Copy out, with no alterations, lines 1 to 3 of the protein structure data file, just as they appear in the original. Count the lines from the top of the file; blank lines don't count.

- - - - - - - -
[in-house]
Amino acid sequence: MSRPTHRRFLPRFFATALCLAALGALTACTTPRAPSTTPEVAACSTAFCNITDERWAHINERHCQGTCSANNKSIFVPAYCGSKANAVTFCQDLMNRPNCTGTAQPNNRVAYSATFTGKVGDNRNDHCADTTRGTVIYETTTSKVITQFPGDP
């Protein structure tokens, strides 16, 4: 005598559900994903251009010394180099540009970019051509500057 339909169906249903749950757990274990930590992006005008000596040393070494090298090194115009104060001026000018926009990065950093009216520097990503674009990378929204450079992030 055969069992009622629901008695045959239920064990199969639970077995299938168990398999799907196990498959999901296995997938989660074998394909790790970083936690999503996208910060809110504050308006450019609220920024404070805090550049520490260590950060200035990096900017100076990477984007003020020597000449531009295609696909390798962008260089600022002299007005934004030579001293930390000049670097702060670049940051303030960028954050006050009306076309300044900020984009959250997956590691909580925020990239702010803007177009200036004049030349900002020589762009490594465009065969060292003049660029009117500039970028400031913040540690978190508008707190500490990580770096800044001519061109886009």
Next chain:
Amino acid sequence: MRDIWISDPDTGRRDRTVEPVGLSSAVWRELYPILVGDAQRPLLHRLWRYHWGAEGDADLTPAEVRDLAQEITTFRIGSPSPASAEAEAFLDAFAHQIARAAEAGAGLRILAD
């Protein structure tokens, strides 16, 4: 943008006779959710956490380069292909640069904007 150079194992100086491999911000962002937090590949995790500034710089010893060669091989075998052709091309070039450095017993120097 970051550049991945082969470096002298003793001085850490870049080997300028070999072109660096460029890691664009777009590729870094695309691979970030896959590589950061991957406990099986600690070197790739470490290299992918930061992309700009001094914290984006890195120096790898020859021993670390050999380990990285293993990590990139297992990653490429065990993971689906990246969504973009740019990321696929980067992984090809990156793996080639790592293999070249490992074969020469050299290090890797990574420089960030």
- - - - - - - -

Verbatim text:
[in-house]
Amino acid sequence: MSRPTHRRFLPRFFATALCLAALGALTACTTPRAPSTTPEVAACSTAFCNITDERWAHINERHCQGTCSANNKSIFVPAYCGSKANAVTFCQDLMNRPNCTGTAQPNNRVAYSATFTGKVGDNRNDHCADTTRGTVIYETTTSKVITQFPGDP
């Protein structure tokens, strides 16, 4: 005598559900994903251009010394180099540009970019051509500057 339909169906249903749950757990274990930590992006005008000596040393070494090298090194115009104060001026000018926009990065950093009216520097990503674009990378929204450079992030 055969069992009622629901008695045959239920064990199969639970077995299938168990398999799907196990498959999901296995997938989660074998394909790790970083936690999503996208910060809110504050308006450019609220920024404070805090550049520490260590950060200035990096900017100076990477984007003020020597000449531009295609696909390798962008260089600022002299007005934004030579001293930390000049670097702060670049940051303030960028954050006050009306076309300044900020984009959250997956590691909580925020990239702010803007177009200036004049030349900002020589762009490594465009065969060292003049660029009117500039970028400031913040540690978190508008707190500490990580770096800044001519061109886009």